The Case For Welcoming Refugees

In an increasingly polarizing political environment, we will continue to make the case for welcoming refugees into the U.S. 


How do refugees get to the US?

There are two paths to becoming a refugee in the US. The first is through the refugee resettlement process and the second is through the asylum process.


  1. Refugee Resettlement: Refugees who are resettled in the US most commonly live in refugee camps when they are selected to come to the US. The majority of people living in refugee camps intend and hope to go home once the conflict in their country was over. UNHCR selects candidates for resettlement whose lives would be in danger if they returned home, taking into account medical conditions, personal persecution, and quotas set by the US Congress. Those selected then move forward through a long chain of vetting through many US Homeland Security and State Department offices. This process can take up to two years. Once they arrive in the US, these refugees are supported by government-contracted NGOS such as the IRC or Catholic Charities. They receive free housing, and support with employment, education and integration.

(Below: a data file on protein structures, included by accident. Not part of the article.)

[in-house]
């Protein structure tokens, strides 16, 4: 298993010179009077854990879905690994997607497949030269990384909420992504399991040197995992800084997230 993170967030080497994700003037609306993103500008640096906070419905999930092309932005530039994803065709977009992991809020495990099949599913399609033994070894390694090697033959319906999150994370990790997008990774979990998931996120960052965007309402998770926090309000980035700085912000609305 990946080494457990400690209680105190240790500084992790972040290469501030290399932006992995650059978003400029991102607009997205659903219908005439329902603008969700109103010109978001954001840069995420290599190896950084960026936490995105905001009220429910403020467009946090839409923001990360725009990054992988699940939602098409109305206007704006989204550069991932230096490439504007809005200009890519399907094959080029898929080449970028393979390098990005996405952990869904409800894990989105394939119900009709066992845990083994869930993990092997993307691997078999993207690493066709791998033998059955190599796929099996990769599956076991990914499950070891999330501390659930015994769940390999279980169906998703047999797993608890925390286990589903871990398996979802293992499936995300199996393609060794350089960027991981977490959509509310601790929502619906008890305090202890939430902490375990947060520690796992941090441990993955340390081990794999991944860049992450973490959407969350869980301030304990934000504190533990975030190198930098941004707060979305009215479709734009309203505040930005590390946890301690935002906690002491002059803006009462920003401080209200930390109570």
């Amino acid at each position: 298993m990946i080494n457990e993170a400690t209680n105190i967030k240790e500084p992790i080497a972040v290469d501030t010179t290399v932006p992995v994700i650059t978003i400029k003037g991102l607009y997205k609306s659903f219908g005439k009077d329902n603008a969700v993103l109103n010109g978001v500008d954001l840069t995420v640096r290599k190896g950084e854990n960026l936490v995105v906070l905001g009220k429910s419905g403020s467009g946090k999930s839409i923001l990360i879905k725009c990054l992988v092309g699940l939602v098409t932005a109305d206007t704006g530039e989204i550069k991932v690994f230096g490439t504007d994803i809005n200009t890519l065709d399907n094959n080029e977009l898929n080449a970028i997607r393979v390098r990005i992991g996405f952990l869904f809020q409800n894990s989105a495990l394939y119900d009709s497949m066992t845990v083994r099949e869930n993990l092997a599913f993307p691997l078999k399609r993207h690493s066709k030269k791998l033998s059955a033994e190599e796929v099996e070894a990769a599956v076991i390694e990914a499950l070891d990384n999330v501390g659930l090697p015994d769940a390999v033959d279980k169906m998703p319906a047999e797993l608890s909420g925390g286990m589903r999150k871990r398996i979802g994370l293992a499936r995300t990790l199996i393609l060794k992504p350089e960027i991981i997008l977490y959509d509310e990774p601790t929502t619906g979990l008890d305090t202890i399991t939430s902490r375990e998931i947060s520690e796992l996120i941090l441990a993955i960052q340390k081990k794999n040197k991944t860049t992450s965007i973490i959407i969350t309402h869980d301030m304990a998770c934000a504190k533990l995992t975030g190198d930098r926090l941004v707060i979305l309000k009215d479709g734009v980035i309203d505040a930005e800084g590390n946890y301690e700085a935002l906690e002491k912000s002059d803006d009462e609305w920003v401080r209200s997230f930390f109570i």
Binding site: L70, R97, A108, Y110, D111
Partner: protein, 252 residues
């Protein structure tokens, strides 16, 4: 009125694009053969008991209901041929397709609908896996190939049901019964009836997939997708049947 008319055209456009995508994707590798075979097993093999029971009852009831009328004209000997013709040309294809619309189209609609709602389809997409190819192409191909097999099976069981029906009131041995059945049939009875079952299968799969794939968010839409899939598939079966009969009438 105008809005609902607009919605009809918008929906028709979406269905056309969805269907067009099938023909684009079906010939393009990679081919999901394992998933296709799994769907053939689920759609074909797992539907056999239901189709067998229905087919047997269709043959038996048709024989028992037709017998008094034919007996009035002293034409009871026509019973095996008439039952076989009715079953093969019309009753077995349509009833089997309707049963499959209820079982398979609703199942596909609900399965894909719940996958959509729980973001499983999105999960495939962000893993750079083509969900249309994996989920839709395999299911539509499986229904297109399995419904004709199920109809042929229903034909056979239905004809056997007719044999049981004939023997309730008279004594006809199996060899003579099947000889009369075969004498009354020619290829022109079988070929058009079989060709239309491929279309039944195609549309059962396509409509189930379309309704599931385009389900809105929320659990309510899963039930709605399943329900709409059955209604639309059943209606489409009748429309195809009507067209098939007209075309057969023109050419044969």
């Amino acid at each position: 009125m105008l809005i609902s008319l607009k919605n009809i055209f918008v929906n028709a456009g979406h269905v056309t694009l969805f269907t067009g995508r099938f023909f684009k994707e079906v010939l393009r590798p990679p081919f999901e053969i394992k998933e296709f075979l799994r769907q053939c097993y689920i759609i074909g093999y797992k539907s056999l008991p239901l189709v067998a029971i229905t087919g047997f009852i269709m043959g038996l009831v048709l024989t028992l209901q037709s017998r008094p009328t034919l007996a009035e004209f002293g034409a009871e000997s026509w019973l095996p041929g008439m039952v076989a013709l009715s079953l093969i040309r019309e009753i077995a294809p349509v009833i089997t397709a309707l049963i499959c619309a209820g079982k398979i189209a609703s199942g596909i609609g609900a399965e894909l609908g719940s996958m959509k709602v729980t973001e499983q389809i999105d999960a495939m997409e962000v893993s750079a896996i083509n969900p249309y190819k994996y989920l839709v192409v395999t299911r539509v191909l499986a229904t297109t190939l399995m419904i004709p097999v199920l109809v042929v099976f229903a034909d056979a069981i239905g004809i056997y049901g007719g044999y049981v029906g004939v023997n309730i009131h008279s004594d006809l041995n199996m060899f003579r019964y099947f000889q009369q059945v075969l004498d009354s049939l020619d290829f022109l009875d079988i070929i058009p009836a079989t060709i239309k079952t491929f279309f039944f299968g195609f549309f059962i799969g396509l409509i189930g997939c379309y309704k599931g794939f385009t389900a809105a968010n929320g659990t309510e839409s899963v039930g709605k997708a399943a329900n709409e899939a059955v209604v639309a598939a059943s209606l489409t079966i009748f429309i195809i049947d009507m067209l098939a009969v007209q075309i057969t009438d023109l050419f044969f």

2. Asylum Process: Asylum seekers arriving in the US have normally fled their home countries immediately after facing or fearing persecution. They enter the country either by air with various visas, or by land without a visa, in which case they are apprehended at the border. Those who flee by air with a visa tend to arrive alone (these visas are commonly given on an individual basis, and often flee in a hurry without much time to prepare). Asylum seekers must then apply for asylum within one year of arriving in the US.  With the exception of special programs for Central American minors, the US government provides no support for asylum seekers until they are granted. This means no housing or survival support, as well as legal and social support. After submitting their application for asylum, refugees currently wait an average of 2-3 years before being called for their asylum interview. Asylum seekers can apply for a renewable work permit about 6 months after applying for asylum. At their interview, they must prove a “well founded fear of persecution” on the basis of one of five categories: race, religion, membership in a particular social group (sexuality, gender ect..), nationality or political opinion. They are then either granted asylum at the first asylum interview, if not granted right away,  they must wait an additional 2-3 years for a court date where their case will be heard by an immigration judge. The right to seek asylum is part of international law since the 1951 Refugee Convention Treaty.